Digital means greater transparency throughout the flowsheet, allowing for greater efficiency when it comes to resource use, for example, energy or water. This is increasingly a crucial factor in sustainability - and indeed our MissionZero ambition - but also in regard to safety as it impacts emissions, waste, footprint and water management. Digital processes are integral for realising achieving our vision of driving customer success through sustainable productivity enhancement, as they can help customers produce more with less resource use.

Digitally optimised processes mean less water usage during ore extraction, for instance. This alone or in combination with water reuse, can mean a smaller tailings facility, which reduces safety risks on an environmental and community level. Any factor that assists improved water management is also likely to help when it comes to social licence to operate.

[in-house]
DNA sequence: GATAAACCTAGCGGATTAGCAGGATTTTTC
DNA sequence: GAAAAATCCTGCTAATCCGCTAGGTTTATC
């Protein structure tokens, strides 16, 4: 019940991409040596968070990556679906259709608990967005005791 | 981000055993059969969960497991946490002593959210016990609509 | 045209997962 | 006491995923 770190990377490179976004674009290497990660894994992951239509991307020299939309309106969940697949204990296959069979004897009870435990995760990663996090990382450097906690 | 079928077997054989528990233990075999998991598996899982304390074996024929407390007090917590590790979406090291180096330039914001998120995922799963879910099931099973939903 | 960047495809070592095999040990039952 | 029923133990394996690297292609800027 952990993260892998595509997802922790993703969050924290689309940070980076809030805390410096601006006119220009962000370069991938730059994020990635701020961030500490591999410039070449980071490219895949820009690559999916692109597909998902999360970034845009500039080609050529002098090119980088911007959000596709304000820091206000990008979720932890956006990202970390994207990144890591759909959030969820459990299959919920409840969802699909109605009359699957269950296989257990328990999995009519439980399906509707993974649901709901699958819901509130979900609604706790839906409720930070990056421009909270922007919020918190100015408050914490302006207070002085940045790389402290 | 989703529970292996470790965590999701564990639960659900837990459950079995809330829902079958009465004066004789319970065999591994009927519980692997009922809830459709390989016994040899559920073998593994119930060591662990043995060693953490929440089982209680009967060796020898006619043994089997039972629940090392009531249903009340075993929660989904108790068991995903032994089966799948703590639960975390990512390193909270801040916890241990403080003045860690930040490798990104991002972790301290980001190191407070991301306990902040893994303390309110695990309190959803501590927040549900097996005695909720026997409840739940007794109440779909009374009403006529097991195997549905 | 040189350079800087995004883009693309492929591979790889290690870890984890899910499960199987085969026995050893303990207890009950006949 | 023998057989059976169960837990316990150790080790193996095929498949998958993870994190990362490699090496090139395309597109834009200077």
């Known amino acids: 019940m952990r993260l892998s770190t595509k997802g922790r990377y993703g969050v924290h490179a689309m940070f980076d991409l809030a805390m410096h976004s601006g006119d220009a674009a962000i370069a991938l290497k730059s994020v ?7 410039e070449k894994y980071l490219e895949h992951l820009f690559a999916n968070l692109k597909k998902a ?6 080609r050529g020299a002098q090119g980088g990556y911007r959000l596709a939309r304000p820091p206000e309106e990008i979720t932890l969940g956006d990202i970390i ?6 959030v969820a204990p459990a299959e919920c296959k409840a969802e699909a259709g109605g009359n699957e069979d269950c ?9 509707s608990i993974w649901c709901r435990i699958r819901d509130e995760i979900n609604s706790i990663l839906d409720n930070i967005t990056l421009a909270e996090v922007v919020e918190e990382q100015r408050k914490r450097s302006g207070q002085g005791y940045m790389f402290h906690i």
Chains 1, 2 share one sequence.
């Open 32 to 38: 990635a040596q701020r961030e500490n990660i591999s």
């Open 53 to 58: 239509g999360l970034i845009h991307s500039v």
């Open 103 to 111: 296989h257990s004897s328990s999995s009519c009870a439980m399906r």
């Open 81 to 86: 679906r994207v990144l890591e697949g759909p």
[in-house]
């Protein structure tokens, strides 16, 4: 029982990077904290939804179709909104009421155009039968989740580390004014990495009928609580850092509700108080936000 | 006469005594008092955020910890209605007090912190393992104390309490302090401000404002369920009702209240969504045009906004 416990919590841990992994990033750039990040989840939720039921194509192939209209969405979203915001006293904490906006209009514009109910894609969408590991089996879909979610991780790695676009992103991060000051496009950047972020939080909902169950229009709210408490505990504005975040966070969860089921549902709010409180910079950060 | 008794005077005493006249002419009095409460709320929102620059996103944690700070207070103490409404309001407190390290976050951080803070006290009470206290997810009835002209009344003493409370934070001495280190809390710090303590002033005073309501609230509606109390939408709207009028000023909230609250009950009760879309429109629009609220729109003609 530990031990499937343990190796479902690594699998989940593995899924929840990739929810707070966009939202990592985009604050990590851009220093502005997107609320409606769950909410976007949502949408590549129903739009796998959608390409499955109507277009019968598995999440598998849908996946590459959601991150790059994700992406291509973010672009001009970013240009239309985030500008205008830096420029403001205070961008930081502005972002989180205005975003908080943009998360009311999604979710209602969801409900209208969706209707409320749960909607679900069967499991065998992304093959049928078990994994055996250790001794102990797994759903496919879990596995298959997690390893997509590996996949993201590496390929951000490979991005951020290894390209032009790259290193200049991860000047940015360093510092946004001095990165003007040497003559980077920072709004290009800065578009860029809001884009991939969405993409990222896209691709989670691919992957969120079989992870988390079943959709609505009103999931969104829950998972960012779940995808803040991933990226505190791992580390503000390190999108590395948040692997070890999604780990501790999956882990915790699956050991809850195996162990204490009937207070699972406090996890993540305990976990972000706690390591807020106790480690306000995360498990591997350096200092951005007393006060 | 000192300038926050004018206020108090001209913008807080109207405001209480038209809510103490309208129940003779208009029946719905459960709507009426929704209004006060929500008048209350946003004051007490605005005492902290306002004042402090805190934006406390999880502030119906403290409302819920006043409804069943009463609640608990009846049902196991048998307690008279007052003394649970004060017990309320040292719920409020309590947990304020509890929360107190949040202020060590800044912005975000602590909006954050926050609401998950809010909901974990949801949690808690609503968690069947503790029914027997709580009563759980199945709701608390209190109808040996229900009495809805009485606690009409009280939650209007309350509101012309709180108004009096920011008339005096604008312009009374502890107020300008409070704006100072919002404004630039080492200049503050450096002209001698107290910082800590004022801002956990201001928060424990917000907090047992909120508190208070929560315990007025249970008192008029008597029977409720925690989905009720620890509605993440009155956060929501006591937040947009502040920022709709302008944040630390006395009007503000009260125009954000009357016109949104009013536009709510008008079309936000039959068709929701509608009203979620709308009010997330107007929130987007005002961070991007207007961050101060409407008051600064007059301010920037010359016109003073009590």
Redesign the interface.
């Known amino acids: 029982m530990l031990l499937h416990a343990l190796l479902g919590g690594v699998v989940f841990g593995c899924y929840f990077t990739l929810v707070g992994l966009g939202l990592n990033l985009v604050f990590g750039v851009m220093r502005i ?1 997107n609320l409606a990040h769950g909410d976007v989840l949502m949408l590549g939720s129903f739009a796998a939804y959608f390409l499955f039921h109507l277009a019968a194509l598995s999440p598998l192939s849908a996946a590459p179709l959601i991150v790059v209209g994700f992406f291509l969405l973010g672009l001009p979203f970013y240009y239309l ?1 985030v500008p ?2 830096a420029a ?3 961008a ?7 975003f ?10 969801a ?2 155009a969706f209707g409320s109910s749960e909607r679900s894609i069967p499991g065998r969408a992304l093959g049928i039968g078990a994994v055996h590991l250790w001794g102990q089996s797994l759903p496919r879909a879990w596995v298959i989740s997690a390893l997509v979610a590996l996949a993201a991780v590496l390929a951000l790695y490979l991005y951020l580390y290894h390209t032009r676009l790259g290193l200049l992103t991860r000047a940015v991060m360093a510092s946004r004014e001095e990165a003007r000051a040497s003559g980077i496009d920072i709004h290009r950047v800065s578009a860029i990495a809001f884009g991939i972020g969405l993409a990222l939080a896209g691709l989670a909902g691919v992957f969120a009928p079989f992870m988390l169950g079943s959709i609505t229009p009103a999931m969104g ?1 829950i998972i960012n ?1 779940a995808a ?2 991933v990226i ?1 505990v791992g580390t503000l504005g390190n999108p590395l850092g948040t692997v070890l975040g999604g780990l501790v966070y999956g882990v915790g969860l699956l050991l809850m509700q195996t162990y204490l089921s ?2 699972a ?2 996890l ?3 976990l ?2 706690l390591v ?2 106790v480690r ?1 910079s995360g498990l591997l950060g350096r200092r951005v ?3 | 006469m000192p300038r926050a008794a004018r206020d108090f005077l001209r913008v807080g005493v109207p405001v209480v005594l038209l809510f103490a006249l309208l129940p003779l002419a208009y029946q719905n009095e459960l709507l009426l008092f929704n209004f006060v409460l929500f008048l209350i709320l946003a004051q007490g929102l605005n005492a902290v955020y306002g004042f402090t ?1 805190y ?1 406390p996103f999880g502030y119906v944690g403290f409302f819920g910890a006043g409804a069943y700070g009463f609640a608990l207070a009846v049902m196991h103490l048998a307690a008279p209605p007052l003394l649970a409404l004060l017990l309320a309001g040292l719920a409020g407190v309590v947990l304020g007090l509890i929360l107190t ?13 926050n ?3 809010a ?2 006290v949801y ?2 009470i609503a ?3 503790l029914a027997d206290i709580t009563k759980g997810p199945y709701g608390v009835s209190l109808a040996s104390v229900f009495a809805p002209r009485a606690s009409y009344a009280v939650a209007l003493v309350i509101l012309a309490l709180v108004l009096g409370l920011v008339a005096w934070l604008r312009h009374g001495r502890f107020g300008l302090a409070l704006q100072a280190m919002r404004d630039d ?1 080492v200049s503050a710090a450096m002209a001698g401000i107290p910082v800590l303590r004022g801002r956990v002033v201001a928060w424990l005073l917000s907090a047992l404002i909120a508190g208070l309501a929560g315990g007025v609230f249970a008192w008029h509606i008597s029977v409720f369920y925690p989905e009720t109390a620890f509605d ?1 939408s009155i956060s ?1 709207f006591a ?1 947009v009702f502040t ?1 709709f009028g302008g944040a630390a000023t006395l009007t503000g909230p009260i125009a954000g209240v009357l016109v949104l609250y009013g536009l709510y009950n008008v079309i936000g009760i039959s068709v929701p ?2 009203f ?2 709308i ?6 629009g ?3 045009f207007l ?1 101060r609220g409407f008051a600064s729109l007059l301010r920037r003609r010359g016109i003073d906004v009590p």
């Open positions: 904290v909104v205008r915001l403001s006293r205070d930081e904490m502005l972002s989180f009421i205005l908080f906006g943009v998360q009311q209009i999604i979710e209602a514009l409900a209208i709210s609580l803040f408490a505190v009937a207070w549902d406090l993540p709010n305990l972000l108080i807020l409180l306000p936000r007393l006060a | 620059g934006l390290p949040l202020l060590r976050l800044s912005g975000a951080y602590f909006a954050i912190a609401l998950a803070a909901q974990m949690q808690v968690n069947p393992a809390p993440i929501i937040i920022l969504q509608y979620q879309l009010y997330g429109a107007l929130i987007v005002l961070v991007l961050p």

Our approach to delivering safety through digitalization

The nature of much of our work involves installing and servicing heavy machinery, which inherently comes with a certain level of safety risks. We continuously emphasise the importance of being safety-oriented throughout our business practices.

Safety is also a core component of our sustainability programme: we focus on taking care of our employees, sub-contractors and everyone working under our control. With our people-first mind-set, employees are happier when they go to work, and safer working conditions enable them to deliver quality and service at a level consistent with our high standards. In the end, this is reflected in the solutions – and digital solutions – we create for our customers.